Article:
I very much liked this lengthy but highly readable book by Ned and Constance Sublette, subtitled A History of the Slave-Breeding Industry, and that subtitle does indeed reflect the emphasis. Here are a few of the things I learned from it:
1. Barbados took in more African slaves than did the entire United States; Alex had a related post on the size of American importation.
2. President James Polk speculated in slaves, based on inside information he obtained from being President and shaping policy toward slaves and slave importation.
3. In the South there were slave “breeding farms,” where the number of women and children far outnumbered the number of men.
4. The price of a slave peaked in his or her late teens. There was another price spike upwards at about age eight, when child mortality declined.
5. Much of the University of Virginia was built by slaves; is anyone calling for those buildings to be torn down?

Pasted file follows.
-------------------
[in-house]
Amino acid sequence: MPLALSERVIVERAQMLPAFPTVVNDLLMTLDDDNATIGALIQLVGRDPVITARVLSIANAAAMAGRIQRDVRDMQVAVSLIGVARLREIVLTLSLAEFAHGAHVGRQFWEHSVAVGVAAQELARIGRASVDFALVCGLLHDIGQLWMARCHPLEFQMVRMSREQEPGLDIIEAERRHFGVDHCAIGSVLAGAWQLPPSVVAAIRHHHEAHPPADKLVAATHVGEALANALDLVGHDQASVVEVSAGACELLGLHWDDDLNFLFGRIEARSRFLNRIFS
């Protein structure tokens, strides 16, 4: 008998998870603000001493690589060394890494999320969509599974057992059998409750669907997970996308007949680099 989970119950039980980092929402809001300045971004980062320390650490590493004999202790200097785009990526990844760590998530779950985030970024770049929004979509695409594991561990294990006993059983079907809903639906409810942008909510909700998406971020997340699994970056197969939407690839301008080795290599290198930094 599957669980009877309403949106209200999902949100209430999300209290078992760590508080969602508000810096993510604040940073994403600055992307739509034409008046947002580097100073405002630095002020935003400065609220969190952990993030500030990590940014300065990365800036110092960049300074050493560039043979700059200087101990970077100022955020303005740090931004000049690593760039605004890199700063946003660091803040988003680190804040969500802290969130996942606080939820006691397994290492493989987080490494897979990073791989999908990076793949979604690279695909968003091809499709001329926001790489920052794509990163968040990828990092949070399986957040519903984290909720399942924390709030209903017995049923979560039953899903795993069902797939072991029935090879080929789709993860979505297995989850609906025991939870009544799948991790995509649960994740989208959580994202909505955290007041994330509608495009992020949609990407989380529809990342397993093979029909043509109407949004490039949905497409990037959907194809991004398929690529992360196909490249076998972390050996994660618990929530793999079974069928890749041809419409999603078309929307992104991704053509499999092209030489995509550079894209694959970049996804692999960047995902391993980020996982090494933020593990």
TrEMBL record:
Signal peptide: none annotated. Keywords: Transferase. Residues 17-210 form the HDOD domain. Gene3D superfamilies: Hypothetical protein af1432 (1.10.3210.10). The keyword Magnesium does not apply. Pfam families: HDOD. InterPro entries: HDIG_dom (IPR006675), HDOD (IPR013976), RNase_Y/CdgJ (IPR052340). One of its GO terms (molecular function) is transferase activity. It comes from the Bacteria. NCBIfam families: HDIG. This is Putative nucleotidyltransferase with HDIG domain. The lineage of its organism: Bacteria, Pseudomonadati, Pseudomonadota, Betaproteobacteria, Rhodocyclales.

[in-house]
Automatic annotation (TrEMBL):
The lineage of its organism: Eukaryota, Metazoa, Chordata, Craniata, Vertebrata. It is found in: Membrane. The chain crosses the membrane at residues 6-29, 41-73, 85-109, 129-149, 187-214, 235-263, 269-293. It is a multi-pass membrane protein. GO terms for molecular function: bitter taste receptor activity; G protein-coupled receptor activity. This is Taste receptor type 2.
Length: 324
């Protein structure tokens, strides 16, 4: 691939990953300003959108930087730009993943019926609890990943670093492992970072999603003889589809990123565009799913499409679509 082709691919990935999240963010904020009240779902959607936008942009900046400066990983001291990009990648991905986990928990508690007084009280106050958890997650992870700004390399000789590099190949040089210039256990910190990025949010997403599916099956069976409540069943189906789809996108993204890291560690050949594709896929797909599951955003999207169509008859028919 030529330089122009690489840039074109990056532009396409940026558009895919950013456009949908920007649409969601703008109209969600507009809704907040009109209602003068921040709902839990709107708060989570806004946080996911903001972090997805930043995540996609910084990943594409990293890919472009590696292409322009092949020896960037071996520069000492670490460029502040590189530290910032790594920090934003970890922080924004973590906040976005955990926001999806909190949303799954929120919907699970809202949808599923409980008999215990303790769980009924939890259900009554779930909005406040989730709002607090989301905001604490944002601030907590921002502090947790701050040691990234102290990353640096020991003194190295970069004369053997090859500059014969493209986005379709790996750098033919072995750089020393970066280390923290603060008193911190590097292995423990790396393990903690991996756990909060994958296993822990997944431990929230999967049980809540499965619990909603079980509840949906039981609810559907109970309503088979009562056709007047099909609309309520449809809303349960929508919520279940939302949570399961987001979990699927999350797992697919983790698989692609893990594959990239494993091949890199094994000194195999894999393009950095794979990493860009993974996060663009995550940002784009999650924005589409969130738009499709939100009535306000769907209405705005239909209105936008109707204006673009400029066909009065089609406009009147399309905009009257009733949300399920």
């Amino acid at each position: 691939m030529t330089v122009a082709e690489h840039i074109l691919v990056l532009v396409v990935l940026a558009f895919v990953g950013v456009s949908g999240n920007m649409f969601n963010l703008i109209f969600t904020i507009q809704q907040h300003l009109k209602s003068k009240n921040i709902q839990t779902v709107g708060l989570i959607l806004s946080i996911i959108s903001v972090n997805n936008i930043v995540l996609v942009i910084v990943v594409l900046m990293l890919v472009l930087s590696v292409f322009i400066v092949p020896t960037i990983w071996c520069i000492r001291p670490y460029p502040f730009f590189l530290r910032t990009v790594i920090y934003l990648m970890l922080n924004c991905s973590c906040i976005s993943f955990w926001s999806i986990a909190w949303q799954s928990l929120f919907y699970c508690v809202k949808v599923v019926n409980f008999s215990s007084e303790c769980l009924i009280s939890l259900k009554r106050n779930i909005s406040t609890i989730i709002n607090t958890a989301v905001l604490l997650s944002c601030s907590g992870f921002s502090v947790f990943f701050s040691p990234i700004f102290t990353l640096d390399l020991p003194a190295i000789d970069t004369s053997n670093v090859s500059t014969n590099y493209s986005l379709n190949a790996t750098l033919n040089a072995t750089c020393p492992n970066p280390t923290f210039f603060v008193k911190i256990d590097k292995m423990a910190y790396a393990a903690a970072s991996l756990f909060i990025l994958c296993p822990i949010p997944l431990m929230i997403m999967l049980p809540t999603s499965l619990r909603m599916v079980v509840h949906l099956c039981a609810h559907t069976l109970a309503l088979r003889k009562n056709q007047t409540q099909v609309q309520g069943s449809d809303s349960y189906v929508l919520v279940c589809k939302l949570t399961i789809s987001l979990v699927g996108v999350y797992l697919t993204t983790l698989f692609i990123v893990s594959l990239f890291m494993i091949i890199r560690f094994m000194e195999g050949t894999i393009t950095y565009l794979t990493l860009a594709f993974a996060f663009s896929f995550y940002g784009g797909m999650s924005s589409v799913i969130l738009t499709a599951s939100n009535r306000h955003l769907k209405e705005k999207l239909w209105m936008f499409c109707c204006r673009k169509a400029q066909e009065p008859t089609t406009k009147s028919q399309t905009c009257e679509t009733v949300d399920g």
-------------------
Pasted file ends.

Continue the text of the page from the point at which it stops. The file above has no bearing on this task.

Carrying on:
6. Quite possibly the sugar plantations model, including for slave deployment, stems from São Tomé, starting in the late 15th century.
7. George Mason wanted to cut off the African slave trade into Virginia, although the authors suggest many people supported this view because they wished to increase the value of the stock of slaves already in the state. I could not tell whether this was Mason’s motive or not.
8. The Anglo-American settlers of Louisiana were primarily from Kentucky.
9. In the time of slavery, the South was generally considered to be less anti-Semitic toward Jews than the North.